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Kai Ryssdal: President Obama was in Iowa today. He was plugging wind power and promising that the days of the United States dragging its feet on climate change are over. The House Energy and Commerce Committee debated legislation to limit greenhouse gas emissions. And union and environmental groups launched a $3 million ad campaign promoting jobs for the clean-energy economy. If you happen to find yourself today with a severe case of green fatigue, don't worry about it. Earth Day's almost over. From the Marketplace Sustainability Desk, Jennifer Collins takes a look at the hype.
JENNIFER COLLINS: If you're looking to go green this Earth Day, you've got options. You could buy a ticket for Disney's new movie "Earth," from Fandango. Then the two companies will plant a tree in Brazil. You could win a year of eco-friendly cleaning products from Seventh Generation. And there are these ads from one of PepsiCo's brands.
SUNCHIPS AD: SunChips from California are made with solar energy.
PepsiCo plans to roll out a chip bag you can throw on your compost pile by Earth Day next year. Spokeswoman Aurora Gonzalez says the marketing has already begun.
AURORA GONZALEZ: We showed the decomposing bag on American Idol last night. I'll tell you that people are excited to hear about our steps in packaging.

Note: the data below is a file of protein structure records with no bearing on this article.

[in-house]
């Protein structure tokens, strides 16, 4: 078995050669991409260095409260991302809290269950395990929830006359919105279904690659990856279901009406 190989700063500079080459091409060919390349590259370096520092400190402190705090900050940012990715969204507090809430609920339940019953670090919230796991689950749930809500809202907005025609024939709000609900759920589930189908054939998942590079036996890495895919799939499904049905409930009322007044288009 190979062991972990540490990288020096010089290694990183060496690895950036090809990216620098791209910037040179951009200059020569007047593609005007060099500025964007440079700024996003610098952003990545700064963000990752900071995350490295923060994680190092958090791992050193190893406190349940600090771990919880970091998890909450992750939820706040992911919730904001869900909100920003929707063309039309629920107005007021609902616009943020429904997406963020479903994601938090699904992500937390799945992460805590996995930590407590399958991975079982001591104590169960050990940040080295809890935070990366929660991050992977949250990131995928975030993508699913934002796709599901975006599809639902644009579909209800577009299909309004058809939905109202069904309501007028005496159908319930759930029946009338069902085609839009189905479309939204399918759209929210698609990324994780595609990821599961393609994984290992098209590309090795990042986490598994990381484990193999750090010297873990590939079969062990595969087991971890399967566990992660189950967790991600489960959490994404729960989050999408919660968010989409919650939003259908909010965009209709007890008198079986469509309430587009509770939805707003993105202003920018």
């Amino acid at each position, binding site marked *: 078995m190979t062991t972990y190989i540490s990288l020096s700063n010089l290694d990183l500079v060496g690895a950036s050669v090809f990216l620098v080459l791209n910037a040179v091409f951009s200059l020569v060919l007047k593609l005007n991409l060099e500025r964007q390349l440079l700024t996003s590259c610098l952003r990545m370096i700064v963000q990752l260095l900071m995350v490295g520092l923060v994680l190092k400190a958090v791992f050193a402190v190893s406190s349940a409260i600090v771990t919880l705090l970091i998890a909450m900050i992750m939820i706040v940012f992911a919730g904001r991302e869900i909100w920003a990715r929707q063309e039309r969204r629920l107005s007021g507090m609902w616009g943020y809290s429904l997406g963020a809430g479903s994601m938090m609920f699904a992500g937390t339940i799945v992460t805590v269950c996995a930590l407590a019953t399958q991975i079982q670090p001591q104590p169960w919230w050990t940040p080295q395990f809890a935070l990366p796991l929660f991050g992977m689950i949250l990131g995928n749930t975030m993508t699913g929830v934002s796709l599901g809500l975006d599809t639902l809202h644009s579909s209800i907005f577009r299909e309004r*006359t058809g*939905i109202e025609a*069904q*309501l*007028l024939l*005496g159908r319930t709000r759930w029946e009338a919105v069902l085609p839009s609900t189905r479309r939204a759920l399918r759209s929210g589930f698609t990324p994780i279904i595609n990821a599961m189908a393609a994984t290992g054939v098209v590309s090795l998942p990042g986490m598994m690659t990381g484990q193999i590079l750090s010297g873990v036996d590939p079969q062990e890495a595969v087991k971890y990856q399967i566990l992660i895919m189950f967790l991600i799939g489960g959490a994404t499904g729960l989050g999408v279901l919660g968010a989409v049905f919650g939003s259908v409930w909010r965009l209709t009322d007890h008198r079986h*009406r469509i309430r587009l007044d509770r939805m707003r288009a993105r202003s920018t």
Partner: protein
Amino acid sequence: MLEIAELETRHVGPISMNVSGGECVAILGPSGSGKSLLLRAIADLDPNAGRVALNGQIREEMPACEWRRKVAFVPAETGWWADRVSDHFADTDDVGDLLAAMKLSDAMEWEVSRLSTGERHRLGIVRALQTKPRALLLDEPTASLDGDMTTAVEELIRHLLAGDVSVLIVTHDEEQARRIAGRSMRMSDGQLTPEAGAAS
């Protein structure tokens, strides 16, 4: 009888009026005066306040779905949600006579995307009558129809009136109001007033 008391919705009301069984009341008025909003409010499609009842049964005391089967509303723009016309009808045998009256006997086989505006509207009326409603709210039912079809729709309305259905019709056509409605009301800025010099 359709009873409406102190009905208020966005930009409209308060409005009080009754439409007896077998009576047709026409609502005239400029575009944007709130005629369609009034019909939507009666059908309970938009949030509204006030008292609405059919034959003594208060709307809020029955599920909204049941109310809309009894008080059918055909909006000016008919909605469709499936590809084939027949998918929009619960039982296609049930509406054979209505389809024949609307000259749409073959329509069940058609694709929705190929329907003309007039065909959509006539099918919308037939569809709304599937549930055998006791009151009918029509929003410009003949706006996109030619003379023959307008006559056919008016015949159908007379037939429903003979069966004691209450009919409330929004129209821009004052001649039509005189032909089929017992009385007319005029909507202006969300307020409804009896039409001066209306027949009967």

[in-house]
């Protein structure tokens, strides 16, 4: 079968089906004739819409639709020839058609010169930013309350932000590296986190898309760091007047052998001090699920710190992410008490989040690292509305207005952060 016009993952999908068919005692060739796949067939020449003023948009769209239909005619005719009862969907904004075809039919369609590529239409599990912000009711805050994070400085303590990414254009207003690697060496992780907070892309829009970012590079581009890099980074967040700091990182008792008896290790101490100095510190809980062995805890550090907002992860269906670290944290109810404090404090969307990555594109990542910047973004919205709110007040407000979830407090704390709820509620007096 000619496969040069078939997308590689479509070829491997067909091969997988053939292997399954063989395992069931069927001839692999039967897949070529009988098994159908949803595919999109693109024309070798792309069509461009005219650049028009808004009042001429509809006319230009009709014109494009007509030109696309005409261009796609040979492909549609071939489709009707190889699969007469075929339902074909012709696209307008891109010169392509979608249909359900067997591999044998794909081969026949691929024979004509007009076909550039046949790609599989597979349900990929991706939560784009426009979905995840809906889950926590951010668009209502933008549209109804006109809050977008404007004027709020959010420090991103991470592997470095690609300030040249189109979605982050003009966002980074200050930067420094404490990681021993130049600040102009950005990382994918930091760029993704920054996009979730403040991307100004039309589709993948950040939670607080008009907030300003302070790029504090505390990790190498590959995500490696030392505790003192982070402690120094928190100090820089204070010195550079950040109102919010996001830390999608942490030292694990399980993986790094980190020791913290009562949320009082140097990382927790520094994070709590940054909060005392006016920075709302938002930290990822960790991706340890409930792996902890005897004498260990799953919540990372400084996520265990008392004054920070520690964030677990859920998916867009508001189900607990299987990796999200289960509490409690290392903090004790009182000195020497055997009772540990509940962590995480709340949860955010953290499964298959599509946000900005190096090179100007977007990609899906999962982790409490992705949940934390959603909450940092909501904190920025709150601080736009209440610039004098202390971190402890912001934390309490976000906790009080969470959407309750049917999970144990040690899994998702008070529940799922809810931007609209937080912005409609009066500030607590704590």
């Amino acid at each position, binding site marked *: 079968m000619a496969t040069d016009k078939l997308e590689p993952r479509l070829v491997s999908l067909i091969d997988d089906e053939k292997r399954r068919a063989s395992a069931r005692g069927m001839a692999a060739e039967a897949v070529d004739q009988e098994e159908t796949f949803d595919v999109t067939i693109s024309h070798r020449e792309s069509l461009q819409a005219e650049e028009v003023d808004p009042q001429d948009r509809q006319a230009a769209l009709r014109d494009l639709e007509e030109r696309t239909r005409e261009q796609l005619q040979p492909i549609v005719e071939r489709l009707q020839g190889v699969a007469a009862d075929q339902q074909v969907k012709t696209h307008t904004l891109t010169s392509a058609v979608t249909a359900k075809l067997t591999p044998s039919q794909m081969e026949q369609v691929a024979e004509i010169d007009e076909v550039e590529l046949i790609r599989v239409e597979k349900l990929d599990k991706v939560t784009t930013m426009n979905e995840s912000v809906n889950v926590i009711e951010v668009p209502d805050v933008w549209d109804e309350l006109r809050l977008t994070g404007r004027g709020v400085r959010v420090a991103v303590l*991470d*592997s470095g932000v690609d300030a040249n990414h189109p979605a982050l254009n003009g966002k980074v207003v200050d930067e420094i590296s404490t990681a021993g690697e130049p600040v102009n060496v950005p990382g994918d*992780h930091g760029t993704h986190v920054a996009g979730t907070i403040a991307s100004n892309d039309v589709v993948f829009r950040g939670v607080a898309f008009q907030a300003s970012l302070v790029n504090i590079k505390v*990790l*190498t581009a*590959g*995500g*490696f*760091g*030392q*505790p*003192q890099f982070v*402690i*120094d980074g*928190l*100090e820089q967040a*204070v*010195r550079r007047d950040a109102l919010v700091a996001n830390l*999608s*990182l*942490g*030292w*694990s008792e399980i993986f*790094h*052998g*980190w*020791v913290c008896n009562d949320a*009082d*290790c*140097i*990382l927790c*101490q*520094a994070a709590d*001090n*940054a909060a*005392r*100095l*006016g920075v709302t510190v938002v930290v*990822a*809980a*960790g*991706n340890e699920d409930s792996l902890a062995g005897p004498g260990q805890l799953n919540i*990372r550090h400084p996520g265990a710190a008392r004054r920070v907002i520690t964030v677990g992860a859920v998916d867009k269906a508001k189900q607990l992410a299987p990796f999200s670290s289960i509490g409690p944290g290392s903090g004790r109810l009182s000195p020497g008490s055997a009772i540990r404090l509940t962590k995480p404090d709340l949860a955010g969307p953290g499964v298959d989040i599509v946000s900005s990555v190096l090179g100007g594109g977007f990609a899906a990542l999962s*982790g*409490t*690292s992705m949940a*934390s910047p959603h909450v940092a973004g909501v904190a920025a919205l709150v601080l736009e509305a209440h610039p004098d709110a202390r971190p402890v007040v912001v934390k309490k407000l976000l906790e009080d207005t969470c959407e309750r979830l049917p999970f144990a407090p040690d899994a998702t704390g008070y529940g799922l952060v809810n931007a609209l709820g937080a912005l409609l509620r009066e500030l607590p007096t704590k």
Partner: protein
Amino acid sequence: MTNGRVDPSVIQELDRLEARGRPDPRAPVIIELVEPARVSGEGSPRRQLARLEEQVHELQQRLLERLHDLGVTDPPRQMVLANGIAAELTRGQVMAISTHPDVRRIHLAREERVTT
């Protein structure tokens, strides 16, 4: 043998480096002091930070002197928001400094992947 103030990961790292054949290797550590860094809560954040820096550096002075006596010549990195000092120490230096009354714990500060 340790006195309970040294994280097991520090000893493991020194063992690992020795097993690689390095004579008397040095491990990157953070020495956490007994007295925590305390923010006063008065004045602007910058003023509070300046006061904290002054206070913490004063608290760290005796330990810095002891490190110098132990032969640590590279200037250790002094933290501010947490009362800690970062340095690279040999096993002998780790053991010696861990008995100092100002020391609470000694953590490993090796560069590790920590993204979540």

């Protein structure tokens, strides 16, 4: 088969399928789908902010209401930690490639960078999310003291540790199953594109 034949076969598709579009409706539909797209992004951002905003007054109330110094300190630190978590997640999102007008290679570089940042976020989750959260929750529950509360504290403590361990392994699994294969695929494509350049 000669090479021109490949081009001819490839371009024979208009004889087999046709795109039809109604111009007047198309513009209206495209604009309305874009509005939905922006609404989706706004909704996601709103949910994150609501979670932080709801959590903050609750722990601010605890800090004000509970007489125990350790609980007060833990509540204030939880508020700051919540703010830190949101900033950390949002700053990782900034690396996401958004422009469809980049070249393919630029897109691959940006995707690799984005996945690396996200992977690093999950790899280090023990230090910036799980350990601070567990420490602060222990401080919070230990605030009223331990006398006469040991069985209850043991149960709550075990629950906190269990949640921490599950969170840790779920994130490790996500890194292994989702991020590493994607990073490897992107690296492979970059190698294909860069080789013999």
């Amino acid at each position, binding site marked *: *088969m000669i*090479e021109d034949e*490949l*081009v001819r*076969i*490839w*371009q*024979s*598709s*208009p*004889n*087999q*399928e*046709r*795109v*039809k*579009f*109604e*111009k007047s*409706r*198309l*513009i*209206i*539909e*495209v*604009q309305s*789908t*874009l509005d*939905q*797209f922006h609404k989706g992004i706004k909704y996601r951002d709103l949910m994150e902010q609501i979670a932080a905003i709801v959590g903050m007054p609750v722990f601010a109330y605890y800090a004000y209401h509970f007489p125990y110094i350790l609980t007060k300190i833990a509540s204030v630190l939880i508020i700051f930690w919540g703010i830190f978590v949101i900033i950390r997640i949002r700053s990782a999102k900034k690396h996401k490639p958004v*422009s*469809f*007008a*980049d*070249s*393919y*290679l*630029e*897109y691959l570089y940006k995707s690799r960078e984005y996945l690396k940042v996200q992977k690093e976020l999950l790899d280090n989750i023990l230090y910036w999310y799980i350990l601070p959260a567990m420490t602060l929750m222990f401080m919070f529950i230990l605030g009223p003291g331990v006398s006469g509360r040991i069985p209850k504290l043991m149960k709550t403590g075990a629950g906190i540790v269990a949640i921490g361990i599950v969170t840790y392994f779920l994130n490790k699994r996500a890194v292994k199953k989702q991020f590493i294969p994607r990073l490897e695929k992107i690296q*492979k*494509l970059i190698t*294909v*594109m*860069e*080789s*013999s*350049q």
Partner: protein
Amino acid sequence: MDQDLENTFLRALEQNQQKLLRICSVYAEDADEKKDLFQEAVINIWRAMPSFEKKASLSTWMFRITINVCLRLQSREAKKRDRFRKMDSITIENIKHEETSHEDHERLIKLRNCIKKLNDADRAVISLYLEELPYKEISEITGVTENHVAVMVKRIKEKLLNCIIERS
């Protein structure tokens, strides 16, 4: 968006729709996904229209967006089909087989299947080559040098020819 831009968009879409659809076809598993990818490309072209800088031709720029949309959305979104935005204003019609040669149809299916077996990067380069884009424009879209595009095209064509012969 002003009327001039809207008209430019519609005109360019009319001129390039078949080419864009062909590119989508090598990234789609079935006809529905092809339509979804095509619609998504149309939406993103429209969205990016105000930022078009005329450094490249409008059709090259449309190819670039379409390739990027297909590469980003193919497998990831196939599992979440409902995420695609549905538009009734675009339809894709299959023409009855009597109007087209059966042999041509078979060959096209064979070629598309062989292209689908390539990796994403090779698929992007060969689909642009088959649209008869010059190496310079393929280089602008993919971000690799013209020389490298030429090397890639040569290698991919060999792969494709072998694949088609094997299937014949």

But environmentalists say Earth Day has become a commercial free for all, just like Valentine's or Mother's Day. Green-marketing expert Scot Case says some products, including that chip bag, may not be as green as they sound.
SCOT CASE: These kinds of compostable bags do not decompose, they do not compost in a landfill. And so this is a situation where consumers think that means a lot more than it actually does.
And he says that's dangerous as the market for sustainable products balloons. He says most of the year ads for earth-friendly products account for 4 percent of advertising. But every April that spikes to around 10 percent. Chip Giller is the president of the online environmental magazine Grist.
CHIP GILLER: Too many people kind of tokenize Earth Day, using it for an excuse to maybe hug a tree one day and ram it with their SUV the next.
But Giller and other environmentalists say corporate efforts do make a difference. They just don't go far enough in cutting emissions.
GILLER: It's going to take a hands-on effort, and it actually might mean consuming less. And I don't see that message spreading across society.
To find if it might, tune in next Earth Day.
I'm Jennifer Collins, for Marketplace.